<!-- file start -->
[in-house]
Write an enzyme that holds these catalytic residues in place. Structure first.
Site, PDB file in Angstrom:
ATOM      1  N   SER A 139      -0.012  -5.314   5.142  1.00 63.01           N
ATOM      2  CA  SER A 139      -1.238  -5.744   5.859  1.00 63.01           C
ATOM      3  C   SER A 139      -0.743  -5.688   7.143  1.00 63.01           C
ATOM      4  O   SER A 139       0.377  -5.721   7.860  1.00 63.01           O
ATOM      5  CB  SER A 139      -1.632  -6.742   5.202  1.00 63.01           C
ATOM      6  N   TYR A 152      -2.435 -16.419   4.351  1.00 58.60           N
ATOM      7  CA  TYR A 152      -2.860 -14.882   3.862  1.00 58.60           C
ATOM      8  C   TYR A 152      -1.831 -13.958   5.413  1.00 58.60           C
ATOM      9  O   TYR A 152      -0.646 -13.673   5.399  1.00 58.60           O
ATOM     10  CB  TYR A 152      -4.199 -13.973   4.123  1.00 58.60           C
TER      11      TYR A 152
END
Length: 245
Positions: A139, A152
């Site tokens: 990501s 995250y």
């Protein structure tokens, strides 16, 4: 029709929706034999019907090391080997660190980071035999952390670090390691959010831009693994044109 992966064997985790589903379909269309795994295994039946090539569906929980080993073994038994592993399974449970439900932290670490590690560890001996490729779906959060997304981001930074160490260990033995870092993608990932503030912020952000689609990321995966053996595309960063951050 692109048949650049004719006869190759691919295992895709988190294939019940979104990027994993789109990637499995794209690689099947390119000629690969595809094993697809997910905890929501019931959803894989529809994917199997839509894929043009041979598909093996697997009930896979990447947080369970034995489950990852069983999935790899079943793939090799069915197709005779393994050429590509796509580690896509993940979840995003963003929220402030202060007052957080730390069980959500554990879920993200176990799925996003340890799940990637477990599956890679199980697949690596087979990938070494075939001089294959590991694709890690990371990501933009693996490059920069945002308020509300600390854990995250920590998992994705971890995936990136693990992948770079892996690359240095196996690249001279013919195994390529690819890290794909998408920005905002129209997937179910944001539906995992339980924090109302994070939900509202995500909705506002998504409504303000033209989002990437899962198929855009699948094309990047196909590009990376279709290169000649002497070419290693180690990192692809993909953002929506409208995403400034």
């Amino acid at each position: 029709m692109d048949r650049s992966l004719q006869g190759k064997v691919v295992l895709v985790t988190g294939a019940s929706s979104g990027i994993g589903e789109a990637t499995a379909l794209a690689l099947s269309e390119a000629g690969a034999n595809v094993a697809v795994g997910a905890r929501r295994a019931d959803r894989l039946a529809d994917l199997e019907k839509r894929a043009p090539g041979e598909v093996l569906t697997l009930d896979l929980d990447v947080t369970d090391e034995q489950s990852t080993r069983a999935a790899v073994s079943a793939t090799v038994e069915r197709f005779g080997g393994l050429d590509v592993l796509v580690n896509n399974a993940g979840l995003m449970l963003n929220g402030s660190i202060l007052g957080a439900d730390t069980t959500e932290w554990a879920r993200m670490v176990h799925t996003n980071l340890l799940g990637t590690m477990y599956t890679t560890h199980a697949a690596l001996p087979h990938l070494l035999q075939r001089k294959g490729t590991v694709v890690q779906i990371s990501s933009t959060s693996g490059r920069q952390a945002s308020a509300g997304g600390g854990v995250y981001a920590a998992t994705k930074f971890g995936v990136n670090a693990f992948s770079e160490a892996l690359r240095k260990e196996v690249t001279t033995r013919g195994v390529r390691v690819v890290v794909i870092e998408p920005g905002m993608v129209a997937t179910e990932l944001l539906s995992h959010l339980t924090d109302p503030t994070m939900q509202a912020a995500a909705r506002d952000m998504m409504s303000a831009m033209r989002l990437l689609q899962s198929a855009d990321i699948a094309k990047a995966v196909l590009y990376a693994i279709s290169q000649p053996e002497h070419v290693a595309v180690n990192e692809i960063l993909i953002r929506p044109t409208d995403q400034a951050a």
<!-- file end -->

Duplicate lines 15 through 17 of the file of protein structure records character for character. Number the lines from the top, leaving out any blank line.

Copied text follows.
END
Length: 245
Positions: A139, A152